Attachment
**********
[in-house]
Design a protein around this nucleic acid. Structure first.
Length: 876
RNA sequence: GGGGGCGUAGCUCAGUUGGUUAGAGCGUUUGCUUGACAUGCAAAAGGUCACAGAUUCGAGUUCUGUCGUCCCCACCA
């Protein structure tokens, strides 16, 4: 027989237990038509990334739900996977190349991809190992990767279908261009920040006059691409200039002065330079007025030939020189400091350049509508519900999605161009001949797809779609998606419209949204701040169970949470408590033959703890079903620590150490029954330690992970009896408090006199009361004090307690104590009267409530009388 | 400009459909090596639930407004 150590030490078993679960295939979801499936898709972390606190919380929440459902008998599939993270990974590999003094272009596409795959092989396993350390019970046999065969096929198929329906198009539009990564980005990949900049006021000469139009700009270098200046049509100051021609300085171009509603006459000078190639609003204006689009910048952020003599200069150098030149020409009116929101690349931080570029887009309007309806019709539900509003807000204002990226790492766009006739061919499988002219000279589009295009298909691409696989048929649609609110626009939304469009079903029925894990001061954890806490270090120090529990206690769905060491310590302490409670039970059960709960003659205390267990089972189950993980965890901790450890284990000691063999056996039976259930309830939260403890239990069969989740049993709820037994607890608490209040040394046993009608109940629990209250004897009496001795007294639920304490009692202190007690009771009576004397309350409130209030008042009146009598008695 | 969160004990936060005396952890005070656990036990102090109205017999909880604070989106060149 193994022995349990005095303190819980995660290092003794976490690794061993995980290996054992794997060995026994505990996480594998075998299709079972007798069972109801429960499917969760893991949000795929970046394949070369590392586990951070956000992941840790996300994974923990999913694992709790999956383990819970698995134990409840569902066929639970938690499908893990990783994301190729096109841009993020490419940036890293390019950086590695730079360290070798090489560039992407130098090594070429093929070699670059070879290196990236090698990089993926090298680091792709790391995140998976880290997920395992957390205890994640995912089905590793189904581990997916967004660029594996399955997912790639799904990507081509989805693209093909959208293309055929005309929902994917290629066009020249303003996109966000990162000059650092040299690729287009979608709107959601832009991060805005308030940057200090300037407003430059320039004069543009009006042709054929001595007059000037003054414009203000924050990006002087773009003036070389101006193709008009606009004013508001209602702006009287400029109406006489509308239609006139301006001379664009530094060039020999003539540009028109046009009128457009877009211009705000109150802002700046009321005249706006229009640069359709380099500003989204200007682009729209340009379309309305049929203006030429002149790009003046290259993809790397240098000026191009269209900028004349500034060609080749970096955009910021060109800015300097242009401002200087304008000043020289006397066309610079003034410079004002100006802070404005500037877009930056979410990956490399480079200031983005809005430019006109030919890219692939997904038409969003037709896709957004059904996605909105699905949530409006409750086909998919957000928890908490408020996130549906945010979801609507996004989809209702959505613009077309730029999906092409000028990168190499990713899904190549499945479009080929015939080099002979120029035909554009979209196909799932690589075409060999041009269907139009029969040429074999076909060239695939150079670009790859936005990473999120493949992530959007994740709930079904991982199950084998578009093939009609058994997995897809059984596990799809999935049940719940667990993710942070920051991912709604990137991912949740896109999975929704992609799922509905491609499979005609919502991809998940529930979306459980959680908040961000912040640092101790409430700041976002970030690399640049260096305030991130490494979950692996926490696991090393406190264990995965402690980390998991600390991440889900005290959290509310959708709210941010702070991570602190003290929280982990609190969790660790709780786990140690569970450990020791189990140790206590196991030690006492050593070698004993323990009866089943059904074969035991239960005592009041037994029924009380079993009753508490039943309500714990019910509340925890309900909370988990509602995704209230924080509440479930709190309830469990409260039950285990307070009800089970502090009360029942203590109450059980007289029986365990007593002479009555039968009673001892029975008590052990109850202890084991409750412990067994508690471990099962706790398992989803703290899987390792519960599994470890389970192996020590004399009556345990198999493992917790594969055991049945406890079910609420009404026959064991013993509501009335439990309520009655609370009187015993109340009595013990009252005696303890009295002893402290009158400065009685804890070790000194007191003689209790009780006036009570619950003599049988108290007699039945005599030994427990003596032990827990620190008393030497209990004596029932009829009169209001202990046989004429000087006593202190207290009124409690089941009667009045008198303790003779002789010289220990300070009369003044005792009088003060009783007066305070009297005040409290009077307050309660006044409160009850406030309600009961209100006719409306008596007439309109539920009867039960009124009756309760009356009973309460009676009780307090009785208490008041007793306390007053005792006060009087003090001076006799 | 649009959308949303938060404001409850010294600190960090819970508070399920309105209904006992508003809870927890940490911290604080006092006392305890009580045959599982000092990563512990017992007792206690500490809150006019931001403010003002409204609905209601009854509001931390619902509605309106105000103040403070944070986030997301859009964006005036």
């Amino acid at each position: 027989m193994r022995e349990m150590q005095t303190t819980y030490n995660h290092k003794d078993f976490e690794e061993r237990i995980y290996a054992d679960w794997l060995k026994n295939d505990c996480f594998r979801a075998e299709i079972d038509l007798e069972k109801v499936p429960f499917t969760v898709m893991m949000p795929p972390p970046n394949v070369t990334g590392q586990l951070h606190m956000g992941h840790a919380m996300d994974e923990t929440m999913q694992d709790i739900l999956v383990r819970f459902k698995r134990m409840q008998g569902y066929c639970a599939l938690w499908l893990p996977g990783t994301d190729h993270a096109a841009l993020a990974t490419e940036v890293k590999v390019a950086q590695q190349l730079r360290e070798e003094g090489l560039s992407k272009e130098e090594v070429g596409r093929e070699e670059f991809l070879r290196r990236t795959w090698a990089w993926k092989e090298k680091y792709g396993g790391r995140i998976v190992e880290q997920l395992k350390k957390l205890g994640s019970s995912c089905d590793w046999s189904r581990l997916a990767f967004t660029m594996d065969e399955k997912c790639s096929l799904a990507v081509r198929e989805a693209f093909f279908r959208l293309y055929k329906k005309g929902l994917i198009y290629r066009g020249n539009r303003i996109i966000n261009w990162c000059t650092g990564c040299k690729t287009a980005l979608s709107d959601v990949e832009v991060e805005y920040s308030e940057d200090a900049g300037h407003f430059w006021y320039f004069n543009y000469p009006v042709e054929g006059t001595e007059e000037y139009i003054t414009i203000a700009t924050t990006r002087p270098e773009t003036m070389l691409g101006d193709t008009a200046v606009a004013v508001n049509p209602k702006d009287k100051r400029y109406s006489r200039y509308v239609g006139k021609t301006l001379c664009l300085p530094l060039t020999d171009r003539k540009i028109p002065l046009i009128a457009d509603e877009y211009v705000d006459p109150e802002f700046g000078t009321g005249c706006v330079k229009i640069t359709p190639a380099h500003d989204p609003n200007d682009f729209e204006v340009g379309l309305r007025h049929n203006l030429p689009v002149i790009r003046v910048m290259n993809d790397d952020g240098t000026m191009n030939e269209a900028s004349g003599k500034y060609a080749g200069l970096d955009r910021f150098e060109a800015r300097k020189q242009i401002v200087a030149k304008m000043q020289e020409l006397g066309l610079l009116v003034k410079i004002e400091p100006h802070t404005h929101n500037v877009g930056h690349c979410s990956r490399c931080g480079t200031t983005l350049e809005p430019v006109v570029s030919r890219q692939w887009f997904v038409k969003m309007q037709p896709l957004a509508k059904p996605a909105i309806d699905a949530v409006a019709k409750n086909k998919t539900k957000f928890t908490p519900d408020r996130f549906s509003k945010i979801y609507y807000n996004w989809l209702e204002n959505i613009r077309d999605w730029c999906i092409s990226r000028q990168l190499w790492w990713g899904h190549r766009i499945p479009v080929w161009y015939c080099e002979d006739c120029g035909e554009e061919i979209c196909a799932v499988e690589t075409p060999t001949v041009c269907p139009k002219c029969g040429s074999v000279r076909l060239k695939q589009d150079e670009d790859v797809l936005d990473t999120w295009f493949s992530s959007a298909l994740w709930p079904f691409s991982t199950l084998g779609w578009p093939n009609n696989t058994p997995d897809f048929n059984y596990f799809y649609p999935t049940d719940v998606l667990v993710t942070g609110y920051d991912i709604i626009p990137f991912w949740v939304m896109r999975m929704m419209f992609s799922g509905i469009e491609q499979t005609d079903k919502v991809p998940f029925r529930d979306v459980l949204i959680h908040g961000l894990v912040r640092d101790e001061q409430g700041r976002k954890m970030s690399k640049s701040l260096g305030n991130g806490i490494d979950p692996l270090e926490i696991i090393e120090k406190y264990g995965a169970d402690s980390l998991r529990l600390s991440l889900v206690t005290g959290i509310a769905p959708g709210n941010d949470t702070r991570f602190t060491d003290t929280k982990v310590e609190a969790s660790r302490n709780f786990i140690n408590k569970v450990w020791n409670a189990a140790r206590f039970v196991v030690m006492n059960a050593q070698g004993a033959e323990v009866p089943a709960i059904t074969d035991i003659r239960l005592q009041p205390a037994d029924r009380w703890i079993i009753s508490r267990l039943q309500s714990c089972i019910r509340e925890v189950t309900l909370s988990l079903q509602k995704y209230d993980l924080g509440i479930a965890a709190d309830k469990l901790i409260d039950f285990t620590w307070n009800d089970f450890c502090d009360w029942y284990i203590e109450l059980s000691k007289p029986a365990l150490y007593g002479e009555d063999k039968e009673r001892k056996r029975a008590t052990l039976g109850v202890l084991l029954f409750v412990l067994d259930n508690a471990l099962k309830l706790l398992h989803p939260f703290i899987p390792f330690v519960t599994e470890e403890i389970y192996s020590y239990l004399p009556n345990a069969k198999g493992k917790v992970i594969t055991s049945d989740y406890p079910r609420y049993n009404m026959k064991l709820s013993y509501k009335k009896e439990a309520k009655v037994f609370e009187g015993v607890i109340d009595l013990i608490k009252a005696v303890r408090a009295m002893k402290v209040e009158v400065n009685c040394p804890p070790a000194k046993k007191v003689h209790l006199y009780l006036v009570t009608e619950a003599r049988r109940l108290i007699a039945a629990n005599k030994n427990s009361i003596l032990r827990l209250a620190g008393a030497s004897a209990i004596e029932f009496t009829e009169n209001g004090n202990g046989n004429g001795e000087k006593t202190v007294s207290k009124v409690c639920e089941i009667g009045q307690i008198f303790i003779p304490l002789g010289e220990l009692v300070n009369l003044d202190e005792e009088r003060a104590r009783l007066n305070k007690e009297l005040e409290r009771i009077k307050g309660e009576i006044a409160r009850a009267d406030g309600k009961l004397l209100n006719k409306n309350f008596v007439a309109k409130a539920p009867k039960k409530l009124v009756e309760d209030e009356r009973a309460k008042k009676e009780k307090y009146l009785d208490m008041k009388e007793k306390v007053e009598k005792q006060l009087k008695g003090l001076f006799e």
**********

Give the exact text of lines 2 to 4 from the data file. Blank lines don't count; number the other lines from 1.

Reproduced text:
Design a protein around this nucleic acid. Structure first.
Length: 876
RNA sequence: GGGGGCGUAGCUCAGUUGGUUAGAGCGUUUGCUUGACAUGCAAAAGGUCACAGAUUCGAGUUCUGUCGUCCCCACCA